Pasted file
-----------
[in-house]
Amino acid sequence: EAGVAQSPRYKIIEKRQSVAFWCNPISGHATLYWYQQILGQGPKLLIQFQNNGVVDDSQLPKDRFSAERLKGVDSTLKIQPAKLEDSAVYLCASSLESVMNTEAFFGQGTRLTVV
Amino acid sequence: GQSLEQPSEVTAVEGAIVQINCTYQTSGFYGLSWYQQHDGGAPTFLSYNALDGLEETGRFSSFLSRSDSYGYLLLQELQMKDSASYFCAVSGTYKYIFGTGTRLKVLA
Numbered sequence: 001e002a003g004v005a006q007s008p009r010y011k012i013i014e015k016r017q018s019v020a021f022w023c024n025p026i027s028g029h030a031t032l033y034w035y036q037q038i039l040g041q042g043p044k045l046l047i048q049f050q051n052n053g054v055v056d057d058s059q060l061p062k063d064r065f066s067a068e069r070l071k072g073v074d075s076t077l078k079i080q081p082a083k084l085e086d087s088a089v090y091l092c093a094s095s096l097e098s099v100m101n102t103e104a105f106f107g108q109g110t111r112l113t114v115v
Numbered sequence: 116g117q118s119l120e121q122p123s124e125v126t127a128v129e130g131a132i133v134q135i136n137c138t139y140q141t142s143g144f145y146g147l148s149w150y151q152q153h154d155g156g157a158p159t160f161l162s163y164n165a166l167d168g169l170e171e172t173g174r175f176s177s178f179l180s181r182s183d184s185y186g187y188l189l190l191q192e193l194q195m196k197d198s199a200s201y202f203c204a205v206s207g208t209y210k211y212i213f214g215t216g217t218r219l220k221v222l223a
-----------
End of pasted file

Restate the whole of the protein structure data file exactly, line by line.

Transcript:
[in-house]
Amino acid sequence: EAGVAQSPRYKIIEKRQSVAFWCNPISGHATLYWYQQILGQGPKLLIQFQNNGVVDDSQLPKDRFSAERLKGVDSTLKIQPAKLEDSAVYLCASSLESVMNTEAFFGQGTRLTVV
Amino acid sequence: GQSLEQPSEVTAVEGAIVQINCTYQTSGFYGLSWYQQHDGGAPTFLSYNALDGLEETGRFSSFLSRSDSYGYLLLQELQMKDSASYFCAVSGTYKYIFGTGTRLKVLA
Numbered sequence: 001e002a003g004v005a006q007s008p009r010y011k012i013i014e015k016r017q018s019v020a021f022w023c024n025p026i027s028g029h030a031t032l033y034w035y036q037q038i039l040g041q042g043p044k045l046l047i048q049f050q051n052n053g054v055v056d057d058s059q060l061p062k063d064r065f066s067a068e069r070l071k072g073v074d075s076t077l078k079i080q081p082a083k084l085e086d087s088a089v090y091l092c093a094s095s096l097e098s099v100m101n102t103e104a105f106f107g108q109g110t111r112l113t114v115v
Numbered sequence: 116g117q118s119l120e121q122p123s124e125v126t127a128v129e130g131a132i133v134q135i136n137c138t139y140q141t142s143g144f145y146g147l148s149w150y151q152q153h154d155g156g157a158p159t160f161l162s163y164n165a166l167d168g169l170e171e172t173g174r175f176s177s178f179l180s181r182s183d184s185y186g187y188l189l190l191q192e193l194q195m196k197d198s199a200s201y202f203c204a205v206s207g208t209y210k211y212i213f214g215t216g217t218r219l220k221v222l223a